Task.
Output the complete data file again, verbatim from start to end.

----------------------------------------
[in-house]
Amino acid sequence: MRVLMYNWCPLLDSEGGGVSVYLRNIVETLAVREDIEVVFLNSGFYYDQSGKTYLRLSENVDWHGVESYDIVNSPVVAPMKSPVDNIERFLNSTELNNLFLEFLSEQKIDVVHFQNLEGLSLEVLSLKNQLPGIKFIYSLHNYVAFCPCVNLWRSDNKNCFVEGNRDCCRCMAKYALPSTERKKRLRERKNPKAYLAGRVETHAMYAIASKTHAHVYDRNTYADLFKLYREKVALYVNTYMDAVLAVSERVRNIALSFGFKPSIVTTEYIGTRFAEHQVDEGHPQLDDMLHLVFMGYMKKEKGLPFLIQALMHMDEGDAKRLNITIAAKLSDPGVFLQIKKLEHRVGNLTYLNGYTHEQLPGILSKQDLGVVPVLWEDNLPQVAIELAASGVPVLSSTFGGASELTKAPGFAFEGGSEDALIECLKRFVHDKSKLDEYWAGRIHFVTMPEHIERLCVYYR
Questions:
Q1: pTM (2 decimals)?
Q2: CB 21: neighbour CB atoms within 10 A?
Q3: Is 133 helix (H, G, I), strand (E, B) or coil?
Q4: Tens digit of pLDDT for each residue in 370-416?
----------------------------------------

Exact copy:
[in-house]
Amino acid sequence: MRVLMYNWCPLLDSEGGGVSVYLRNIVETLAVREDIEVVFLNSGFYYDQSGKTYLRLSENVDWHGVESYDIVNSPVVAPMKSPVDNIERFLNSTELNNLFLEFLSEQKIDVVHFQNLEGLSLEVLSLKNQLPGIKFIYSLHNYVAFCPCVNLWRSDNKNCFVEGNRDCCRCMAKYALPSTERKKRLRERKNPKAYLAGRVETHAMYAIASKTHAHVYDRNTYADLFKLYREKVALYVNTYMDAVLAVSERVRNIALSFGFKPSIVTTEYIGTRFAEHQVDEGHPQLDDMLHLVFMGYMKKEKGLPFLIQALMHMDEGDAKRLNITIAAKLSDPGVFLQIKKLEHRVGNLTYLNGYTHEQLPGILSKQDLGVVPVLWEDNLPQVAIELAASGVPVLSSTFGGASELTKAPGFAFEGGSEDALIECLKRFVHDKSKLDEYWAGRIHFVTMPEHIERLCVYYR
Questions:
Q1: pTM (2 decimals)?
Q2: CB 21: neighbour CB atoms within 10 A?
Q3: Is 133 helix (H, G, I), strand (E, B) or coil?
Q4: Tens digit of pLDDT for each residue in 370-416?